Valve anti-cheat does not steal your browser history – Newell

By Brenna Hillier
18 February 2014 03:33 GMT

Valve has responded to accusations that its widely-used anti-cheating system, VAC, goes through your browser history and reports back to its master.


To nobody’s real surprise, the developer and Steam creator denied the charges, which surfaced from a Reddit user over the weekend based on their de-compilation of a single module of the system.

Responding directly on Reddit, company founder and leader Gabe Newell broke his usual policy of not talking about how VAC works (because the more cheaters know, the more easily they can circumvent it), explaining what it is VAC does that might appear to be scoping your browsing habits – and why.

“Cheat developers have a problem in getting cheaters to actually pay them for all the obvious reasons, so they start creating DRM and anti-cheat code for their cheats. These cheats phone home to a DRM server that confirms that a cheater has actually paid to use the cheat,” he wrote.

“VAC checked for the presence of these cheats. If they were detected VAC then checked to see which cheat DRM server was being contacted. This second check was done by looking for a partial match to those (non-web) cheat DRM servers in the DNS cache. If found, then hashes of the matching DNS entries were sent to the VAC servers. The match was double checked on our servers and then that client was marked for a future ban. Less than a tenth of one percent of clients triggered the second check. 570 cheaters are being banned as a result.”

Newell said this particular technology was effective for about 13 days, a typical period of advantage in the ongoing cheat versus anti-cheat arms race.

In addition to explaining the technology that had alarmed users, Newell argued that only cheaters benefitted from its exposure to the public consciousness.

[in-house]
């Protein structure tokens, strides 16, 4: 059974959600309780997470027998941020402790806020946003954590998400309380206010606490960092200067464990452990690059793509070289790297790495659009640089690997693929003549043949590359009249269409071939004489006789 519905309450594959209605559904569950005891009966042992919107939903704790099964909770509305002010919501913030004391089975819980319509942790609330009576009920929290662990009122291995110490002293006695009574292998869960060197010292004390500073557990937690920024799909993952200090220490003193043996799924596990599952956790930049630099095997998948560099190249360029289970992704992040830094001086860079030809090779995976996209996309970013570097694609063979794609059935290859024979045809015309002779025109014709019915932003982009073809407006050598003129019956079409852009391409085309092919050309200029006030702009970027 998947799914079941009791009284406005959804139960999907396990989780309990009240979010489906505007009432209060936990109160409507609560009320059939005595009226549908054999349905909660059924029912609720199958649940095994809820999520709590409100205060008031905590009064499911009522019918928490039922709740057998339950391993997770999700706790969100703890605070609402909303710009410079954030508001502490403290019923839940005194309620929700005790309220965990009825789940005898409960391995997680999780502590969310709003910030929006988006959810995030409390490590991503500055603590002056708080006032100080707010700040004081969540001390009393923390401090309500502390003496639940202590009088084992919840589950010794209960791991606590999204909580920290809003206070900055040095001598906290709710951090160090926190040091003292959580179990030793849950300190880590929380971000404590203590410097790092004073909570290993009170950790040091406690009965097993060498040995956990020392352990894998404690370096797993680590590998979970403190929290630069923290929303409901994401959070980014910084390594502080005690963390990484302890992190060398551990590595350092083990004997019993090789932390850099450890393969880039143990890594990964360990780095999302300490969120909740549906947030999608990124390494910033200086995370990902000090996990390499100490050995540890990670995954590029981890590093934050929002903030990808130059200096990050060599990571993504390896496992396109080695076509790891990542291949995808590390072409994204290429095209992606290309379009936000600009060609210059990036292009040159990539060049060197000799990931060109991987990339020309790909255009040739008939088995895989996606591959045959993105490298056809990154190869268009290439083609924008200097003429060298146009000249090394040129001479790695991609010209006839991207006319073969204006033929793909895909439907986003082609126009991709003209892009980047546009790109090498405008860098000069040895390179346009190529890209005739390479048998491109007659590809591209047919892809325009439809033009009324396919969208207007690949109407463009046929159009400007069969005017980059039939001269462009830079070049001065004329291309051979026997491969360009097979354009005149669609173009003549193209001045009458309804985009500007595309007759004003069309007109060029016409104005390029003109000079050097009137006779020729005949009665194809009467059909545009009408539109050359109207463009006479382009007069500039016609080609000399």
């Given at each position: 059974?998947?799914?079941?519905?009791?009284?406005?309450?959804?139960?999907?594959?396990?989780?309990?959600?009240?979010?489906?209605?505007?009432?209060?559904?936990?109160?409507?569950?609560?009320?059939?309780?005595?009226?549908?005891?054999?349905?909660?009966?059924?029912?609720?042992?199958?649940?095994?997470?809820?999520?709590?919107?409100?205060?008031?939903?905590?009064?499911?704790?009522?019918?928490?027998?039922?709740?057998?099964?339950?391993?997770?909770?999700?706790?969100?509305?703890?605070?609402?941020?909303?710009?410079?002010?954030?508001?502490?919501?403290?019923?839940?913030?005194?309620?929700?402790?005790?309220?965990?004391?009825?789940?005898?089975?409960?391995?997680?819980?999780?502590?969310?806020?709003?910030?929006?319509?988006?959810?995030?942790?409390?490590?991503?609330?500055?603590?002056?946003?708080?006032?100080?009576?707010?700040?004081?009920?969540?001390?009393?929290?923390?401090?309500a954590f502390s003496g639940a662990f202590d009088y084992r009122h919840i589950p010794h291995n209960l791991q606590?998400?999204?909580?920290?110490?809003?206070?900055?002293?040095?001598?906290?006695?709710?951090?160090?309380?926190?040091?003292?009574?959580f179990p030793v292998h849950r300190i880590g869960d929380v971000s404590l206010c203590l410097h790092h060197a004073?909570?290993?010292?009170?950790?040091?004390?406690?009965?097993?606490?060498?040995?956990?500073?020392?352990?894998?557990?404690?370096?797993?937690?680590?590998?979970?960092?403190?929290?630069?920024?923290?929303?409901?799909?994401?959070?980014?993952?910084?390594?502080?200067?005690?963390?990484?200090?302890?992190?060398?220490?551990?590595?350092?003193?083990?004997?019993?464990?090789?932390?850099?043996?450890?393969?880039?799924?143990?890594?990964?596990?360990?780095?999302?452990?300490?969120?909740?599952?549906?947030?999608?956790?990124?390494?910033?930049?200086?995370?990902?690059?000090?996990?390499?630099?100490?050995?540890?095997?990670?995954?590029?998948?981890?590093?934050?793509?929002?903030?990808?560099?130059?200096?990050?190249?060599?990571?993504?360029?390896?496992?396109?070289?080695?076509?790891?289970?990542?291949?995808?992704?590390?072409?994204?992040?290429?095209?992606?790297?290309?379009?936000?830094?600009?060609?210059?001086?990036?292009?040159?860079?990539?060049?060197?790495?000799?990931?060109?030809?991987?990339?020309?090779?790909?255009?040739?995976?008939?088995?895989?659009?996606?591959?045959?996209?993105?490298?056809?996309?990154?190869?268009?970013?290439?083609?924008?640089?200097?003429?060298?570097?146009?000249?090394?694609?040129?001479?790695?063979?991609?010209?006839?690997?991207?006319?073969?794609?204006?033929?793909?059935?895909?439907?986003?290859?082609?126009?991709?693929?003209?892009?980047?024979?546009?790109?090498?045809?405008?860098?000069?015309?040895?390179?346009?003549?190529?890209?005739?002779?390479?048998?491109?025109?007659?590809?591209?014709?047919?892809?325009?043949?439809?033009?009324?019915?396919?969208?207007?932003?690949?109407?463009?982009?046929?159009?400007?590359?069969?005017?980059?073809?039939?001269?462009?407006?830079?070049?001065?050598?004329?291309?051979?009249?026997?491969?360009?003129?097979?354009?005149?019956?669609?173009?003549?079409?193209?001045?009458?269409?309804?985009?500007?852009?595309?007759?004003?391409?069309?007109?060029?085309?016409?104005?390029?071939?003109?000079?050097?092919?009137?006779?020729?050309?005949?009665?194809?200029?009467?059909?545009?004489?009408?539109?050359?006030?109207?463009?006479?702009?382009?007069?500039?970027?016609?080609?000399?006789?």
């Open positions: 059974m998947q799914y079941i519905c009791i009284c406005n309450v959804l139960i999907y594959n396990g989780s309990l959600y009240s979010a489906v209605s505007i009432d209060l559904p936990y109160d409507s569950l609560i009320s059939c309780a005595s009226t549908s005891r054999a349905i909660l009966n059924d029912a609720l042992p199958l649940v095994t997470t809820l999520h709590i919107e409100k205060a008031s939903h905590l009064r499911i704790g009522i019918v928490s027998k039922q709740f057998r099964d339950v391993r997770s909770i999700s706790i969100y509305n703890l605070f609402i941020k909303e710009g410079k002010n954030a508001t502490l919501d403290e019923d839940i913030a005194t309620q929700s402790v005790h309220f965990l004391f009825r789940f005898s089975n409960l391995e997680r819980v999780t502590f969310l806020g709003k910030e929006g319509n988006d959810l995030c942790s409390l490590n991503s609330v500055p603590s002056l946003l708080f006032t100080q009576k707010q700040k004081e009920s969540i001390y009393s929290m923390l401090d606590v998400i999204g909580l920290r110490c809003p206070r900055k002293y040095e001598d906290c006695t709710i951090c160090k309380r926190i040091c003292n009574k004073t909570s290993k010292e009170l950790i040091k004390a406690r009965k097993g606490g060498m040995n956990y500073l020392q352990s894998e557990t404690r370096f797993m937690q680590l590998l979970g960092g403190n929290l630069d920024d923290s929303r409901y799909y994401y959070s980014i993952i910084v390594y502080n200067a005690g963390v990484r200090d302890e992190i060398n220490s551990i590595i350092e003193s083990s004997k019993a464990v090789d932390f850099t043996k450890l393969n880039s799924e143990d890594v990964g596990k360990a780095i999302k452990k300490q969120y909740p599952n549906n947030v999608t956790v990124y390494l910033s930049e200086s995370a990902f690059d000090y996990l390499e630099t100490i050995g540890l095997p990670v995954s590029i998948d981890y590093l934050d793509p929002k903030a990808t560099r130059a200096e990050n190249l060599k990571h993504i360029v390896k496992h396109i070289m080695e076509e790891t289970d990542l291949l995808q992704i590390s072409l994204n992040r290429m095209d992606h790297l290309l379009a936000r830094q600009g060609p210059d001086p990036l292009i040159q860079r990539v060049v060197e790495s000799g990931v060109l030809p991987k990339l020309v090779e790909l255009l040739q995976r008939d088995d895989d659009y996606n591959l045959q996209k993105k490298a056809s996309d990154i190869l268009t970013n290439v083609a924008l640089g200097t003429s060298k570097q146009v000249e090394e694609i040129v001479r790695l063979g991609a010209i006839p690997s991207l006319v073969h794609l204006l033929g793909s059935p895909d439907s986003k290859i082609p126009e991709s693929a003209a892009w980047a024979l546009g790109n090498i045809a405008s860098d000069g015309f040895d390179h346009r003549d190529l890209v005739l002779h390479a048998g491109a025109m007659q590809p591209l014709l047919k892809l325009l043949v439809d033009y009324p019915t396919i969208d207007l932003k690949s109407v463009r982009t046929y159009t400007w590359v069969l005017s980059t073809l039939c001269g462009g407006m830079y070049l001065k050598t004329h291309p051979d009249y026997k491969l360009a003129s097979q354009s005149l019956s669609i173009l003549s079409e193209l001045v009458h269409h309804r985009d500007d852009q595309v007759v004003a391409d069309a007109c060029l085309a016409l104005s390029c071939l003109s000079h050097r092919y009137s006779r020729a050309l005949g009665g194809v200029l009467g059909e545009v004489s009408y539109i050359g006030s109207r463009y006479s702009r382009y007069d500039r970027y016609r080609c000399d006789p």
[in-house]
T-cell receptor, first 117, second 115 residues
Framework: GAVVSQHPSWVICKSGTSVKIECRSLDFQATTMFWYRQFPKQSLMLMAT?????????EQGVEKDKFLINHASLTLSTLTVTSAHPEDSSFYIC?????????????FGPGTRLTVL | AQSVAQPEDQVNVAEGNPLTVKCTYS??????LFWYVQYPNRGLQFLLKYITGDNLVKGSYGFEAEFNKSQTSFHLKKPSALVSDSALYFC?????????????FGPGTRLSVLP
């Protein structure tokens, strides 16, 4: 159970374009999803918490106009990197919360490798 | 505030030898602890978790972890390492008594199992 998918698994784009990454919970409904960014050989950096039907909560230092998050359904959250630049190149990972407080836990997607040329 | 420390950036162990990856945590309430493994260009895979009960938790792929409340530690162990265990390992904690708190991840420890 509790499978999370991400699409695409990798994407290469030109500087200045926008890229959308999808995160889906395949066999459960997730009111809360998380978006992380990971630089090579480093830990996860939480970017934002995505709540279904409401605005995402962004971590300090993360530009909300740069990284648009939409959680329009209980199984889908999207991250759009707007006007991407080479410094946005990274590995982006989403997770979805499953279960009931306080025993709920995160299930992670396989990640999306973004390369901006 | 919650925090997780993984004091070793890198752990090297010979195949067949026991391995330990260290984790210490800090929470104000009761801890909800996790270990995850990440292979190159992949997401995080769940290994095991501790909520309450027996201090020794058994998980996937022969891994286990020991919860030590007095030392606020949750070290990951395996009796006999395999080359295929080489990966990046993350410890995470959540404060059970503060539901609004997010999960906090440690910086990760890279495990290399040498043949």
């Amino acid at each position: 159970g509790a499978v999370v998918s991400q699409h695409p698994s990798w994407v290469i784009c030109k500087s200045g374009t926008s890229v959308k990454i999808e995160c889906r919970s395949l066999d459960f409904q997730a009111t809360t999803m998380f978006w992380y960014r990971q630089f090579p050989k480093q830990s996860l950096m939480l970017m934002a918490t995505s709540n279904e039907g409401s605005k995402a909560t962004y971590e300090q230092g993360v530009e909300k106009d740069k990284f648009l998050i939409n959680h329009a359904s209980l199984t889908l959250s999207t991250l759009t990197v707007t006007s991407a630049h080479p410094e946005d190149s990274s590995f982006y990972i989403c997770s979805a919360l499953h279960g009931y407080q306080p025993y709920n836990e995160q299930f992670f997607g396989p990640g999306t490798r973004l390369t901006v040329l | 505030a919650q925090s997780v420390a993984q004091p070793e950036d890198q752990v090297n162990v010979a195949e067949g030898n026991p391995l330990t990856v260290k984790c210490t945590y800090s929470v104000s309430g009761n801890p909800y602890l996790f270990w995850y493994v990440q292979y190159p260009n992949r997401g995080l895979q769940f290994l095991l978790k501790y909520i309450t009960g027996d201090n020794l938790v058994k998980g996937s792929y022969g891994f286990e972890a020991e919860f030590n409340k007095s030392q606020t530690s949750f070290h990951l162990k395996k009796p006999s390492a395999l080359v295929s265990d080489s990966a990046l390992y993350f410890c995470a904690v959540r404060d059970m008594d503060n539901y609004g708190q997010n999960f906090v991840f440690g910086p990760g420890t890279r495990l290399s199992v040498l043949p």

“There is also a social engineering side to cheating, which is to attack people’s trust in the system. If ‘Valve is evil – look they are tracking all of the websites you visit’ is an idea that gets traction, then that is to the benefit of cheaters and cheat creators,” he wrote.

“VAC is inherently a scary looking piece of software, because it is trying to be obscure, it is going after code that is trying to attack it, and it is sneaky. For most cheat developers, social engineering might be a cheaper way to attack the system than continuing the code arms race, which means that there will be more Reddit posts trying to cast VAC in a sinister light.

“Our response is to make it clear what we were actually doing and why with enough transparency that people can make their own judgements as to whether or not we are trustworthy.”

Newell ended his post with the following adorable Q&A:

  1. Do we send your browsing history to Valve? No.
  2. Do we care what porn sites you visit? Oh, dear god, no. My brain just melted.
  3. Is Valve using its market success to go evil? I don’t think so, but you have to make the call if we are trustworthy. We try really hard to earn and keep your trust.

Thanks, Kotaku.

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